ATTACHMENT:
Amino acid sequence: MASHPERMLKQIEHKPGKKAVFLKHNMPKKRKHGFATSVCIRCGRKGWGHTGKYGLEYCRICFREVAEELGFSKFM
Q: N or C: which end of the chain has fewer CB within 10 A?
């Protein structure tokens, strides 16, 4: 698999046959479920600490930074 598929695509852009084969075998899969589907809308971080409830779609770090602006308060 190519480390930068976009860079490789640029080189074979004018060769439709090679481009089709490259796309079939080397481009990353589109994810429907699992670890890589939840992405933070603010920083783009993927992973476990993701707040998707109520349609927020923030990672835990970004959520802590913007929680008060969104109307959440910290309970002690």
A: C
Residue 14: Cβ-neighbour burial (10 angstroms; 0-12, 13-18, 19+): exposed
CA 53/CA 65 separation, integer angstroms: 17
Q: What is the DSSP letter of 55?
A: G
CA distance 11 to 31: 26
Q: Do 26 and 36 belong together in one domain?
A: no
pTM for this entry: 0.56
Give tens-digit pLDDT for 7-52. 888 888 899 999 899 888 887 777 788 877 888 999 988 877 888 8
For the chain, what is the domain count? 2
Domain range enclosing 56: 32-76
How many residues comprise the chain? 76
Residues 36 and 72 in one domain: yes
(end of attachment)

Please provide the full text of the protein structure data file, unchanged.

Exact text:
Amino acid sequence: MASHPERMLKQIEHKPGKKAVFLKHNMPKKRKHGFATSVCIRCGRKGWGHTGKYGLEYCRICFREVAEELGFSKFM
Q: N or C: which end of the chain has fewer CB within 10 A?
């Protein structure tokens, strides 16, 4: 698999046959479920600490930074 598929695509852009084969075998899969589907809308971080409830779609770090602006308060 190519480390930068976009860079490789640029080189074979004018060769439709090679481009089709490259796309079939080397481009990353589109994810429907699992670890890589939840992405933070603010920083783009993927992973476990993701707040998707109520349609927020923030990672835990970004959520802590913007929680008060969104109307959440910290309970002690």
A: C
Residue 14: Cβ-neighbour burial (10 angstroms; 0-12, 13-18, 19+): exposed
CA 53/CA 65 separation, integer angstroms: 17
Q: What is the DSSP letter of 55?
A: G
CA distance 11 to 31: 26
Q: Do 26 and 36 belong together in one domain?
A: no
pTM for this entry: 0.56
Give tens-digit pLDDT for 7-52. 888 888 899 999 899 888 887 777 788 877 888 999 988 877 888 8
For the chain, what is the domain count? 2
Domain range enclosing 56: 32-76
How many residues comprise the chain? 76
Residues 36 and 72 in one domain: yes